"It’s running through our clubhouse," Sox manager John Farrell told reporters in Florida on Wednesday, including the Providence Journal’s Tim Britton. "Probably be held out for three days for a quarantine.” (LINK:http://www.providencejournal.com/sports/20170329/with-josh-rutledge-and-mitch-moreland-ailing-first-base-depth-compromised-for-red-sox)
That means the Red Sox won't have Moreland for their exhibitions against the Nationals on Friday and Saturday in Washington D.C. and Annapolis, Md. Moreland could still be ready for the regular season, but would likely be at less than full strength.
Having Ramirez available would sure make things a lot simpler for the Sox.
Both Sandoval at third base and Moreland could use right-handed bats to complement them. Or more specifically, they could use people who can hit left-handed pitching to complement them.
Hernandez is a left-handed hitter who might actually be able to hit lefties. But the Sox haven't used him at first base, and there's no indication they will.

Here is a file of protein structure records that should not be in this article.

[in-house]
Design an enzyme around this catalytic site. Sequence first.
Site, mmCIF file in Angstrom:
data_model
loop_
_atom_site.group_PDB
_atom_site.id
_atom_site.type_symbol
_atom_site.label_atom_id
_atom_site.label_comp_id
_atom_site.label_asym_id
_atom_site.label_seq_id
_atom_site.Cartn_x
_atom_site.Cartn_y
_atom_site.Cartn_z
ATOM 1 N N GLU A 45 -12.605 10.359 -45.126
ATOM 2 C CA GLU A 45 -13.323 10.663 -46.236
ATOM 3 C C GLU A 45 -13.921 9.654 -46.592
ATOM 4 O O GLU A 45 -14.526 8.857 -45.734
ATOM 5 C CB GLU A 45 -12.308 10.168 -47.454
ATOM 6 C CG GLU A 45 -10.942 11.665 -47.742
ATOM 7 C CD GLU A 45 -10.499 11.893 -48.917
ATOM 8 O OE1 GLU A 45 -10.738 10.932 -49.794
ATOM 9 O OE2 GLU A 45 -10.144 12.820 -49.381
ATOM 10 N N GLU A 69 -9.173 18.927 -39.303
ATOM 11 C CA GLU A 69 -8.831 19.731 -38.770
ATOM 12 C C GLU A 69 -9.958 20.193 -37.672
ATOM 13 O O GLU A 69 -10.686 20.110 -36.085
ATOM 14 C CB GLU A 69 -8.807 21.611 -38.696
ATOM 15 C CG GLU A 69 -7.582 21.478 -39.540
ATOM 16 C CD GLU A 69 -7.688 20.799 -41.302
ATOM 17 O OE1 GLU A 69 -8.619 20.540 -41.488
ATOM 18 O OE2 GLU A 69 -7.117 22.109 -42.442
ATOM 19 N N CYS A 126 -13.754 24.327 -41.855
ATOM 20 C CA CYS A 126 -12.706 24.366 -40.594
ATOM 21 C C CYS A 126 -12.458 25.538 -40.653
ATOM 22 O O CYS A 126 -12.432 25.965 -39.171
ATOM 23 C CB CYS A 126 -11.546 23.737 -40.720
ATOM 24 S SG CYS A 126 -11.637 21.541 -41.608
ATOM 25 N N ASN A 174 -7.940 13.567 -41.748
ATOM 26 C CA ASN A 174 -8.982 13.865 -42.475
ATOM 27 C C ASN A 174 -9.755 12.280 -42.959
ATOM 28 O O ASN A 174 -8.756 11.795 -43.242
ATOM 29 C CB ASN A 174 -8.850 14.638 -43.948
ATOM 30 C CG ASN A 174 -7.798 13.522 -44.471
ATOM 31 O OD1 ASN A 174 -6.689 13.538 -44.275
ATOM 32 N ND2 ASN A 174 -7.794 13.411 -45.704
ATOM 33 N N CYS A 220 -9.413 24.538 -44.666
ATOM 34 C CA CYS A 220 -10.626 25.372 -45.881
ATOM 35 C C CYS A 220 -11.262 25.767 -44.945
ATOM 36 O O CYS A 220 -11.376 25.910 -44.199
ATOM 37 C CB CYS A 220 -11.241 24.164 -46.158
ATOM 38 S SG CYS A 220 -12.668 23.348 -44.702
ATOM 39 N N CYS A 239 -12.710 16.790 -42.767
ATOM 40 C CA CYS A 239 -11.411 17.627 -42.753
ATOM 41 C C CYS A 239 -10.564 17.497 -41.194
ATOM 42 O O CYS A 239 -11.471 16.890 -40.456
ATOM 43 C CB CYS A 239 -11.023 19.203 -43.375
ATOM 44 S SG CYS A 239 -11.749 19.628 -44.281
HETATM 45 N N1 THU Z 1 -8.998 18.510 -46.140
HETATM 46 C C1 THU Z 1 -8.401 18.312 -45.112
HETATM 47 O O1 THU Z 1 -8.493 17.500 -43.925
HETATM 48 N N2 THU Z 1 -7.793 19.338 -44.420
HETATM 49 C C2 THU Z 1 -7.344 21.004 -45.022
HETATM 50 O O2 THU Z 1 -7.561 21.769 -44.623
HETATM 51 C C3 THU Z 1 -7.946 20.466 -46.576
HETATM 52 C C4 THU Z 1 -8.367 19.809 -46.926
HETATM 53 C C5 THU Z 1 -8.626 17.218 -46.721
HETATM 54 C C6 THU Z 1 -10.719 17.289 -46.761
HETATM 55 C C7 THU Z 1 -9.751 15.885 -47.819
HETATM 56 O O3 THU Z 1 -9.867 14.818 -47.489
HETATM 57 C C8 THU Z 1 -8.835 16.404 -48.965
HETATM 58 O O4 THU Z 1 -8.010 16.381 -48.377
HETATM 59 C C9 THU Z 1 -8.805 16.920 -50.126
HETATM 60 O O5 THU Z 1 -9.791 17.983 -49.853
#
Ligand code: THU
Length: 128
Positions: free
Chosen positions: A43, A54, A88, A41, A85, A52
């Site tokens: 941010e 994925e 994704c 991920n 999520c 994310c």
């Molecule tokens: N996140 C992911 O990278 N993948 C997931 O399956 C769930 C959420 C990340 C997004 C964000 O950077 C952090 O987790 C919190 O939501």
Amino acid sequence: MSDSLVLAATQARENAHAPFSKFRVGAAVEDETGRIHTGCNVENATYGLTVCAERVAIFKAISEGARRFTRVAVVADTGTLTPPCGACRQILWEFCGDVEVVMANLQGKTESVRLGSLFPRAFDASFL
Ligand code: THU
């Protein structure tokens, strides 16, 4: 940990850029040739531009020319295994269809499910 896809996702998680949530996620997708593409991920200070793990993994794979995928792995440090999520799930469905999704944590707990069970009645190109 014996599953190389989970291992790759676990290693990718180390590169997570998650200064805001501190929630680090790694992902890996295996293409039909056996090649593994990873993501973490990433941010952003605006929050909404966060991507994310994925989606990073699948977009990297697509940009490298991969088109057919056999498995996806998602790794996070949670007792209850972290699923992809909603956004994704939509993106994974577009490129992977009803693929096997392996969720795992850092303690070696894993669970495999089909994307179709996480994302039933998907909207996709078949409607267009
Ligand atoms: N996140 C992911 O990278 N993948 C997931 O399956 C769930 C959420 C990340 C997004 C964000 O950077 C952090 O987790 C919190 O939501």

“As we look at the upcoming games, there is the potential for two left-handed starters in Detroit,” Farrell said. “So there’s a number of things being factored right now.”
Early in spring training, Farrell was asked what player had started to catch his eye.
The guy he mentioned was Selsky, an outfielder and first baseman the Red Sox feel fortunate to have picked up off waivers because he still has minor league options remaining.
Now Selsky, who has already technically been cut from major league spring training, has a chance at making the opening day roster. He's 27 and hit .356 in 45 Grapefruit League at-bats.
Chris Young isn't going to have an easy time finding at-bats as it stands now, but the Sox aren't considering moving him to first base.